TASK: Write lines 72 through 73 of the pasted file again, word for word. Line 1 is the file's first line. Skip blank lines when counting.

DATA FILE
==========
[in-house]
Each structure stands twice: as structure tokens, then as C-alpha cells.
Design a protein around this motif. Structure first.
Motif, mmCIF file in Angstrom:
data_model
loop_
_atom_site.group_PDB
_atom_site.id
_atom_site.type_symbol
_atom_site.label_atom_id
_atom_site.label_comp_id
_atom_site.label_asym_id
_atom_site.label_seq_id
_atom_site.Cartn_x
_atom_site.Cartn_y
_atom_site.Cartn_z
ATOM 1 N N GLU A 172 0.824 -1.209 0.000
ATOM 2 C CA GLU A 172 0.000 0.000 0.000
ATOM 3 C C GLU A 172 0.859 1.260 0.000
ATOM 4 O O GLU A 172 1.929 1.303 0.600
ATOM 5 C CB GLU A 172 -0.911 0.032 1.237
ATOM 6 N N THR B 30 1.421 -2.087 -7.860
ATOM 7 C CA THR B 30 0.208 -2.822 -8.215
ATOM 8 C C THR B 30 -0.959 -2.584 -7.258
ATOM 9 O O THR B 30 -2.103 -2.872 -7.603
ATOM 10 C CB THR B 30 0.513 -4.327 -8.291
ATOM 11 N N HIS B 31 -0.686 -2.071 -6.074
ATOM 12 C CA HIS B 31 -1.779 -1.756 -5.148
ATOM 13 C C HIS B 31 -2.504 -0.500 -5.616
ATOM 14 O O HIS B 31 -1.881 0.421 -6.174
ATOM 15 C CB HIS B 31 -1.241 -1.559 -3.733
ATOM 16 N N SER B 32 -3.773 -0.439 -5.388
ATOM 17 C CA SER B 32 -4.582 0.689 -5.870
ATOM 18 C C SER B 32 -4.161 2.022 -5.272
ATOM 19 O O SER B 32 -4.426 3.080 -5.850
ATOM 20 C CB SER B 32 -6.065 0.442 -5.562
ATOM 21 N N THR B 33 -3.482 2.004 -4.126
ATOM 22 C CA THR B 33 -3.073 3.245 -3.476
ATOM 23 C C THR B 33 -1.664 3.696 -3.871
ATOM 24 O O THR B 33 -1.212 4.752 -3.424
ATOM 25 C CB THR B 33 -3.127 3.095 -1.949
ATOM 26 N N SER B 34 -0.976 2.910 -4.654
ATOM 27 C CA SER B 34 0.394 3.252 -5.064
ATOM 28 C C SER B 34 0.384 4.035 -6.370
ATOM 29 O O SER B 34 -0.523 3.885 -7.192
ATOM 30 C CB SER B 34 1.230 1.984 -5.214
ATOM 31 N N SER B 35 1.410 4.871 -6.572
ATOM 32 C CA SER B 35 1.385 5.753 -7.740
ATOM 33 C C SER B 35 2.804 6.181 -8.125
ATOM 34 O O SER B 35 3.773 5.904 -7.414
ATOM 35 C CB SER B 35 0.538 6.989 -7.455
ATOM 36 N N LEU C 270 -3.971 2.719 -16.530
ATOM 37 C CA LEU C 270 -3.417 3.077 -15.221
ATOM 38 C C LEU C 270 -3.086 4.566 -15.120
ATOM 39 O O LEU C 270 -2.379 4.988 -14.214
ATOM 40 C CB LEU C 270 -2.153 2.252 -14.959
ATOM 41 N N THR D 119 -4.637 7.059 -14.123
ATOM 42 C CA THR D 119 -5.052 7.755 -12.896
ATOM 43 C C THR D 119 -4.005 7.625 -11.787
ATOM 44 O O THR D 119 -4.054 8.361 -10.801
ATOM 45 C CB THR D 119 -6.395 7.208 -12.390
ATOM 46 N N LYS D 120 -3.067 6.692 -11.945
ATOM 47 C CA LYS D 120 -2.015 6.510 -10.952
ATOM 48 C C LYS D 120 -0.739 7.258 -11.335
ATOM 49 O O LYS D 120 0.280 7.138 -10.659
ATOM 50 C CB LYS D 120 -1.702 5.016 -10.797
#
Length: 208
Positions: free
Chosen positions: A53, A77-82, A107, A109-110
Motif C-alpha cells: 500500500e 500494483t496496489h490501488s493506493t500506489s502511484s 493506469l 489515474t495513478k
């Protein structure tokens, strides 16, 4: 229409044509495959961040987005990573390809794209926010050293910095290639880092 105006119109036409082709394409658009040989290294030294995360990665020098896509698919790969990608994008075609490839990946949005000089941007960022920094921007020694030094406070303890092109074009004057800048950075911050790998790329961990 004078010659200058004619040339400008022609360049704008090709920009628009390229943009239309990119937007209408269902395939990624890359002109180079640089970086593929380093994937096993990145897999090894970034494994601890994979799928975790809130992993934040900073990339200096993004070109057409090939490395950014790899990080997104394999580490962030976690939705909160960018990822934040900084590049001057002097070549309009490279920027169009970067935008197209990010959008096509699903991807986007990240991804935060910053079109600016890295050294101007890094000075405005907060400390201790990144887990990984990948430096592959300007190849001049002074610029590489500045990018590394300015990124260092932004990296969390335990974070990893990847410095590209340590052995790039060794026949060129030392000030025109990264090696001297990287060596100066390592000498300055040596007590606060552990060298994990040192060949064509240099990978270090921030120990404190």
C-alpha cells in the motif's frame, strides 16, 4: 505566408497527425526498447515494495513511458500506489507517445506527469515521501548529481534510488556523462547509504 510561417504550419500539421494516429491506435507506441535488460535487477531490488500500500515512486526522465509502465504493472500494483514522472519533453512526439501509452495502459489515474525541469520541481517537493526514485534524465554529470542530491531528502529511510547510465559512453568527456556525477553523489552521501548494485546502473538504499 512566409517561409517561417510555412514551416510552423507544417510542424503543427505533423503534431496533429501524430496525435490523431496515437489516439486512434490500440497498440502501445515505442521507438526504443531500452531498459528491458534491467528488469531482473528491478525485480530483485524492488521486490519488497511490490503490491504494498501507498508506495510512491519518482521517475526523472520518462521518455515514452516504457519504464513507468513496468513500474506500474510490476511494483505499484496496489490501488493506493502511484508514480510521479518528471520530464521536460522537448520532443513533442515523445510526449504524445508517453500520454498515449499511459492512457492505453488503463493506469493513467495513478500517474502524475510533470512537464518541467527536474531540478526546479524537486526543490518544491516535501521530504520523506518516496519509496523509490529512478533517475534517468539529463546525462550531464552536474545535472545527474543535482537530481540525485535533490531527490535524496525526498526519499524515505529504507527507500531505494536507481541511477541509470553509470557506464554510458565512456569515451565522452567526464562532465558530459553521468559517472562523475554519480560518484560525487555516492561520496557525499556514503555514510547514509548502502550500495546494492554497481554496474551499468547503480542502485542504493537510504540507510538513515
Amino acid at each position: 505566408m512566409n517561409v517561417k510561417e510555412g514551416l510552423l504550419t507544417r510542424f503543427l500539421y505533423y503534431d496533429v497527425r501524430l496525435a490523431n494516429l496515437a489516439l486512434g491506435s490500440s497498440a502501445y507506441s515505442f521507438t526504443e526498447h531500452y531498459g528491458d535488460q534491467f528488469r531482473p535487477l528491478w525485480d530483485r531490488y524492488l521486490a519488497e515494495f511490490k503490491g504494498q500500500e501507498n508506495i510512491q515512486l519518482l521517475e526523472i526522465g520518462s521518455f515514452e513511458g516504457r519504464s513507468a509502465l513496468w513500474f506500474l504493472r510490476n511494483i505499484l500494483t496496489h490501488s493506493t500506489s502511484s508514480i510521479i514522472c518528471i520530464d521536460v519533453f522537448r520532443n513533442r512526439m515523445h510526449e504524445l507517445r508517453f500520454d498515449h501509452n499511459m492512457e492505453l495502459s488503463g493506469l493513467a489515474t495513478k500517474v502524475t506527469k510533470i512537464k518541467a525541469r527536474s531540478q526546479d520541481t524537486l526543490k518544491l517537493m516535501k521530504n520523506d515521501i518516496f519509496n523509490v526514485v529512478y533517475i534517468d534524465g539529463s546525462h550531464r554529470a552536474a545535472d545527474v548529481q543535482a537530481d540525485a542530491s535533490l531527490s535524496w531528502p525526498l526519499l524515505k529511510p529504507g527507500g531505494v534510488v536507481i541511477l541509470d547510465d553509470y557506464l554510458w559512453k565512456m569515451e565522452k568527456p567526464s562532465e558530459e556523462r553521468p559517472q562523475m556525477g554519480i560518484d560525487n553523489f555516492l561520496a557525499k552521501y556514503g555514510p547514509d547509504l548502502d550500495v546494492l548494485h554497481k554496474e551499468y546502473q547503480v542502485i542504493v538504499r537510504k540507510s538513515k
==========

């Protein structure tokens, strides 16, 4: 229409044509495959961040987005990573390809794209926010050293910095290639880092 105006119109036409082709394409658009040989290294030294995360990665020098896509698919790969990608994008075609490839990946949005000089941007960022920094921007020694030094406070303890092109074009004057800048950075911050790998790329961990 004078010659200058004619040339400008022609360049704008090709920009628009390229943009239309990119937007209408269902395939990624890359002109180079640089970086593929380093994937096993990145897999090894970034494994601890994979799928975790809130992993934040900073990339200096993004070109057409090939490395950014790899990080997104394999580490962030976690939705909160960018990822934040900084590049001057002097070549309009490279920027169009970067935008197209990010959008096509699903991807986007990240991804935060910053079109600016890295050294101007890094000075405005907060400390201790990144887990990984990948430096592959300007190849001049002074610029590489500045990018590394300015990124260092932004990296969390335990974070990893990847410095590209340590052995790039060794026949060129030392000030025109990264090696001297990287060596100066390592000498300055040596007590606060552990060298994990040192060949064509240099990978270090921030120990404190």
C-alpha cells in the motif's frame, strides 16, 4: 505566408497527425526498447515494495513511458500506489507517445506527469515521501548529481534510488556523462547509504 510561417504550419500539421494516429491506435507506441535488460535487477531490488500500500515512486526522465509502465504493472500494483514522472519533453512526439501509452495502459489515474525541469520541481517537493526514485534524465554529470542530491531528502529511510547510465559512453568527456556525477553523489552521501548494485546502473538504499 512566409517561409517561417510555412514551416510552423507544417510542424503543427505533423503534431496533429501524430496525435490523431496515437489516439486512434490500440497498440502501445515505442521507438526504443531500452531498459528491458534491467528488469531482473528491478525485480530483485524492488521486490519488497511490490503490491504494498501507498508506495510512491519518482521517475526523472520518462521518455515514452516504457519504464513507468513496468513500474506500474510490476511494483505499484496496489490501488493506493502511484508514480510521479518528471520530464521536460522537448520532443513533442515523445510526449504524445508517453500520454498515449499511459492512457492505453488503463493506469493513467495513478500517474502524475510533470512537464518541467527536474531540478526546479524537486526543490518544491516535501521530504520523506518516496519509496523509490529512478533517475534517468539529463546525462550531464552536474545535472545527474543535482537530481540525485535533490531527490535524496525526498526519499524515505529504507527507500531505494536507481541511477541509470553509470557506464554510458565512456569515451565522452567526464562532465558530459553521468559517472562523475554519480560518484560525487555516492561520496557525499556514503555514510547514509548502502550500495546494492554497481554496474551499468547503480542502485542504493537510504540507510538513515